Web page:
Political Science Course Work

Published: 2021-06-22 00:46:45
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Category: Management, Law, Government, Politics, Elections, Leadership

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POLITICAL SCIENCE
Some of the constitutional presidential duties of the U.S. President are: the Head of State and his activities include meeting with leaders of other countries and he can make treaties with them. However this is subject to the Senate’s approval. The president is also the Chief Legislator (Beckmann, 2010, p. 55). Here his activities involve approving laws that the Congress makes by signing bills into law. He can also refuse to sign a bill; this is known as veto. He is Commander in Chief of the Army and the Navy of the U.S. which means that he has the power to authorize soldiers to go overseas and subject to approval by the Congress he can declare war on another state. As the Commander-in-Chief the president can also appoint top-level military officers (Record, 2002, p. 89).
The inherent powers of the president are the powers inherent to him or her as the chief of the executive branch. They include: Emergency Power mostly used in times of national crisis and times of war an example is when the U.S. Supreme Court imposed this law in the case of United States vs. Curtis-Wright Export Corporation in 1936 (Schwarz & Huq, 2011, p. 13). Another inherent power is the Executive Order. This is a rule or regulation that is issued by the president that has the force of law. The executive order is used to enforce the constitution or treaties, to enforce statutes and to outline and govern how executive agencies are to operate. The executive orders have to be published in the Federal Register. The other inherent power is the Executive Privilege which gives members of the executive branch the right to refuse to disclose certain information to the public or other government agencies. A case in point is where the Supreme Court ruled out the use of the executive privilege to prevent the use of evidence in a proceeding against the president in 1974 (Galvan, 2009, p. 91). Presidential powers are ever increasing with presidents seeking to expand their turf by use of veto, executive privilege, so as not to divulge certain information and also being the commander in chief of the armed forces and navy they can decide for how long a war can go on as long as congress approved invasion requests (Ginsberg & Crenson, 2007, p. 109).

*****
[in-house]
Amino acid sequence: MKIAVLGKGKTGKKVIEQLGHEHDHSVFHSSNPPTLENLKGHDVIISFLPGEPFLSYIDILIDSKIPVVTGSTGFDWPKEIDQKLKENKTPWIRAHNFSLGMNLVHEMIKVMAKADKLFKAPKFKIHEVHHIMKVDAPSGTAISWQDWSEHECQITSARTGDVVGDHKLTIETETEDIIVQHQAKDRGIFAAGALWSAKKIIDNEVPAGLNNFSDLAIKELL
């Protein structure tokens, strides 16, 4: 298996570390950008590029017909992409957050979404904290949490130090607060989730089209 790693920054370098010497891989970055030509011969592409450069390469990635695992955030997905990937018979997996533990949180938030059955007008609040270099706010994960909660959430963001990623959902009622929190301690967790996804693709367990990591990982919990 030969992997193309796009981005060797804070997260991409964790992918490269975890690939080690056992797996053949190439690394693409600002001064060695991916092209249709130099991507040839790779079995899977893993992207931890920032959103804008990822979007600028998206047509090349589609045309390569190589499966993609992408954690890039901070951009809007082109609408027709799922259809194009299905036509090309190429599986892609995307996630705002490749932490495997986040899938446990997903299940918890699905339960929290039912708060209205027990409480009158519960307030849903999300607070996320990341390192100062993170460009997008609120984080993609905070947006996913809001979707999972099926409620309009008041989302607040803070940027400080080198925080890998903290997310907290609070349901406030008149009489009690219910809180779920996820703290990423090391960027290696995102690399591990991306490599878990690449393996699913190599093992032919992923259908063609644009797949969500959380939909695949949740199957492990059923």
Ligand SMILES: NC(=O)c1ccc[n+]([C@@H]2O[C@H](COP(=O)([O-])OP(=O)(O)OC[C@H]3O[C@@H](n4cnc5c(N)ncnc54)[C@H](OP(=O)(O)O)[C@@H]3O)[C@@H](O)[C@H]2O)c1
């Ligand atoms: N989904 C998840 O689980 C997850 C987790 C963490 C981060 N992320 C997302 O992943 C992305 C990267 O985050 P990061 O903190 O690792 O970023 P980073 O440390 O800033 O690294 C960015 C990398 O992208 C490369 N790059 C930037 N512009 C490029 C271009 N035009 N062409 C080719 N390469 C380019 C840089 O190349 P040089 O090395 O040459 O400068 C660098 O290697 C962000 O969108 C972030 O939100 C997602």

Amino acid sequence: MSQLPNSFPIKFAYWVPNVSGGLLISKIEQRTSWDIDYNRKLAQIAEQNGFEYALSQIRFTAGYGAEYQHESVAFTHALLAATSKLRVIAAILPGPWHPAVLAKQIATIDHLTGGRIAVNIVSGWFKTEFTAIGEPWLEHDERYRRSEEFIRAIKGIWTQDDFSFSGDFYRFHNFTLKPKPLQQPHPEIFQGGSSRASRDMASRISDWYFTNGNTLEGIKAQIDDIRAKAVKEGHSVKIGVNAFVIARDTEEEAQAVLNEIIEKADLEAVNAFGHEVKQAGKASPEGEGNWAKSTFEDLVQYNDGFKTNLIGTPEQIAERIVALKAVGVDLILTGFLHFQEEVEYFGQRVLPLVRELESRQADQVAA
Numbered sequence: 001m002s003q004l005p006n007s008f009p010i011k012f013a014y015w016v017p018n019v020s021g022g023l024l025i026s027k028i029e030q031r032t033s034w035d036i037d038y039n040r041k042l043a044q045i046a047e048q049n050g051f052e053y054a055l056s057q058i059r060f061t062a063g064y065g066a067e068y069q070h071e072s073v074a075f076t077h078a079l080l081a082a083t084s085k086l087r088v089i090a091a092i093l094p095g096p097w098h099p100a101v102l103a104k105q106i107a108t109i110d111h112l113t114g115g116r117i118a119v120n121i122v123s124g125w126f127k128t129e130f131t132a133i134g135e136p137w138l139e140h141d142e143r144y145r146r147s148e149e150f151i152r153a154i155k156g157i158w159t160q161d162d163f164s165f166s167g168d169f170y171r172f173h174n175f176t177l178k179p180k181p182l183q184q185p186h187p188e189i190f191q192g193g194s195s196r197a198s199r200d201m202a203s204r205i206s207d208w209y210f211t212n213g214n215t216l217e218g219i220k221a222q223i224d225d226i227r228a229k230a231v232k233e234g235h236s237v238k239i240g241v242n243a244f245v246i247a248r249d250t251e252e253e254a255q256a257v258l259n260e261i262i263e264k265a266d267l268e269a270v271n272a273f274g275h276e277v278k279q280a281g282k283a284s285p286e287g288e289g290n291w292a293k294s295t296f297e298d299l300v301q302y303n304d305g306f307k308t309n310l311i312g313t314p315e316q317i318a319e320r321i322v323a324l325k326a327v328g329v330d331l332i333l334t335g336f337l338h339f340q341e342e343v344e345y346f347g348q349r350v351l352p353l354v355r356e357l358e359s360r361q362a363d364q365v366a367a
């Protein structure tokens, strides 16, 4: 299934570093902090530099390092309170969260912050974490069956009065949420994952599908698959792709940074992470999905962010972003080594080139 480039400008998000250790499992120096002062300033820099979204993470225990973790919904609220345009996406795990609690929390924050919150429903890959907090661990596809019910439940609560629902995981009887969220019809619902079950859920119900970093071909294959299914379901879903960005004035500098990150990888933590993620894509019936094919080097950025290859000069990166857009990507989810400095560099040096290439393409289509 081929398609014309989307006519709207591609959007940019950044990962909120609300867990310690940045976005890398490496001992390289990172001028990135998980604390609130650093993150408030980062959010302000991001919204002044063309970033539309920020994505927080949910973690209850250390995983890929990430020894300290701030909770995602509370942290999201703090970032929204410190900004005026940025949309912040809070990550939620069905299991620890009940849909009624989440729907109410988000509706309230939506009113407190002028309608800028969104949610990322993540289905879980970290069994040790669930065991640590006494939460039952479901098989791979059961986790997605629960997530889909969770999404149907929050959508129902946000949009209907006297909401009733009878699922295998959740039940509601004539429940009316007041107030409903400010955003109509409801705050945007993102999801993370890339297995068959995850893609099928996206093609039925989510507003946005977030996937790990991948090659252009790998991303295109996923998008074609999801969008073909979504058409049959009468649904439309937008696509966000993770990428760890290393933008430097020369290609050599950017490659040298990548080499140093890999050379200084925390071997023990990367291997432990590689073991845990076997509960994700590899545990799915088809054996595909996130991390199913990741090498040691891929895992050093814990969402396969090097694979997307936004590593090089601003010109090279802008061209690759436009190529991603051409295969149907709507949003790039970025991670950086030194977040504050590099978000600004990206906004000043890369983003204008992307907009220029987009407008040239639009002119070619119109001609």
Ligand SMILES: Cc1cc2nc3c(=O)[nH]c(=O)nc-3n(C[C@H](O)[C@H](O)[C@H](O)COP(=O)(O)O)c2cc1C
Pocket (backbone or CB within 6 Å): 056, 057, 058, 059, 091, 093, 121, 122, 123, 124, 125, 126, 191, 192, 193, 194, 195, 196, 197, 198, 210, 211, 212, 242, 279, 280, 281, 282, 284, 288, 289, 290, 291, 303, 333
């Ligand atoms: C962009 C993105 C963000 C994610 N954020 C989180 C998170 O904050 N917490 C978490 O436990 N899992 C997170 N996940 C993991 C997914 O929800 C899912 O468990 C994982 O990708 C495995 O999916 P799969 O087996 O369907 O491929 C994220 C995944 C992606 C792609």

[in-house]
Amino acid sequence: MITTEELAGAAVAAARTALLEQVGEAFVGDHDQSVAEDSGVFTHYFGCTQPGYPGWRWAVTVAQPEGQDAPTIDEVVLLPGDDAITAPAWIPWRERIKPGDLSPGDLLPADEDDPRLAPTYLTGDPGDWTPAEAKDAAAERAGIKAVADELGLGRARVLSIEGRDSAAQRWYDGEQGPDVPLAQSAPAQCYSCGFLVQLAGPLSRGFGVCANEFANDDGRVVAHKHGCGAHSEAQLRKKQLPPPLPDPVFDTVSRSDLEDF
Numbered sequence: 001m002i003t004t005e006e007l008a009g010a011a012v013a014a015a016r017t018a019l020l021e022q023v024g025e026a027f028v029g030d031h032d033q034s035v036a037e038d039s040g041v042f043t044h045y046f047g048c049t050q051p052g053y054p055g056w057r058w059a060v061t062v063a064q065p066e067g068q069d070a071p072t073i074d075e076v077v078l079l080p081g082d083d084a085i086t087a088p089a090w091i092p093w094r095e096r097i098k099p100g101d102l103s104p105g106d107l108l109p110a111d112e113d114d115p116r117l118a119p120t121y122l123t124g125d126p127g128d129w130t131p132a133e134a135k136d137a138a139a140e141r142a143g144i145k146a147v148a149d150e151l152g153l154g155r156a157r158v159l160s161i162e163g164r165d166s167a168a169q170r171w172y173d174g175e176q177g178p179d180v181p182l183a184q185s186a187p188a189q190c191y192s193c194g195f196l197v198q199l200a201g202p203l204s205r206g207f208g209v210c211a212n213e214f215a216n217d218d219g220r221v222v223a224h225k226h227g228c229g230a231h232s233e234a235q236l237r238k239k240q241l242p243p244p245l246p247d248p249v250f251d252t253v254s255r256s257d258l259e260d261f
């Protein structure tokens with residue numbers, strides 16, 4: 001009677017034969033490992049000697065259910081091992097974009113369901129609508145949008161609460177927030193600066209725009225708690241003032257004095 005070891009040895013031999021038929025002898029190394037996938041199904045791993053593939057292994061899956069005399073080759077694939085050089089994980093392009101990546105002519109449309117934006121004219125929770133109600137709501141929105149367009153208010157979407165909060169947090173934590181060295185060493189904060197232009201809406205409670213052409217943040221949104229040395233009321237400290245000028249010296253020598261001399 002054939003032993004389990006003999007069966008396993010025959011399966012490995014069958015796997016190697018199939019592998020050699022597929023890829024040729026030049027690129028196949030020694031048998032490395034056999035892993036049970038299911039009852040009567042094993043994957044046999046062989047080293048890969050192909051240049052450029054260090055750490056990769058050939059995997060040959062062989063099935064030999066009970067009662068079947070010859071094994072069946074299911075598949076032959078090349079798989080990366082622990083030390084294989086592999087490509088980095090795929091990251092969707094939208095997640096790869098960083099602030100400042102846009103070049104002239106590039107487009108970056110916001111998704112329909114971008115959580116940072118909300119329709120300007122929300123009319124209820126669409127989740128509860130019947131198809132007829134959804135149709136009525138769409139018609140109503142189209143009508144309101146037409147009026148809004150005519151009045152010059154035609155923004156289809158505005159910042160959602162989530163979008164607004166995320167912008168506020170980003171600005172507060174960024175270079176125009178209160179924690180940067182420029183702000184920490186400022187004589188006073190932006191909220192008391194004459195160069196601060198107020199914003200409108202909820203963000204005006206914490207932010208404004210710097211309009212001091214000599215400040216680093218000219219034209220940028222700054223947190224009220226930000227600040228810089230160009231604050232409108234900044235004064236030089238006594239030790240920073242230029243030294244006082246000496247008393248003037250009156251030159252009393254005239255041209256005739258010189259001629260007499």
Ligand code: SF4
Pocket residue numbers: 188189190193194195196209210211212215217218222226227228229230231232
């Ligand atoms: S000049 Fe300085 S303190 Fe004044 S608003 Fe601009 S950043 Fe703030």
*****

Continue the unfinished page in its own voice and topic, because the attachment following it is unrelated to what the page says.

The office of the presidency as established under article II of the constitution provides that the President of the U.S. shall have Executive Powers. Both the president and their vice president shall be in office for a term of four years and can hold the office for a maximum of two terms. For a person to qualify as a presidential candidate they have to be a citizen by birth or a citizen at the time of the adoption of the constitution, they have to be at least thirty five years and to have lived in the U.S. for not less than fourteen years (Lewis, 2008, p. 72). The reason why all the presidents have been white male is because the women, African-Americans and also Hispanics are considered the minority. There is also a lot of skepticism about a black president and stereotypes that women can’t be strong leaders especially for a super power from many citizens and local as well as national leaders.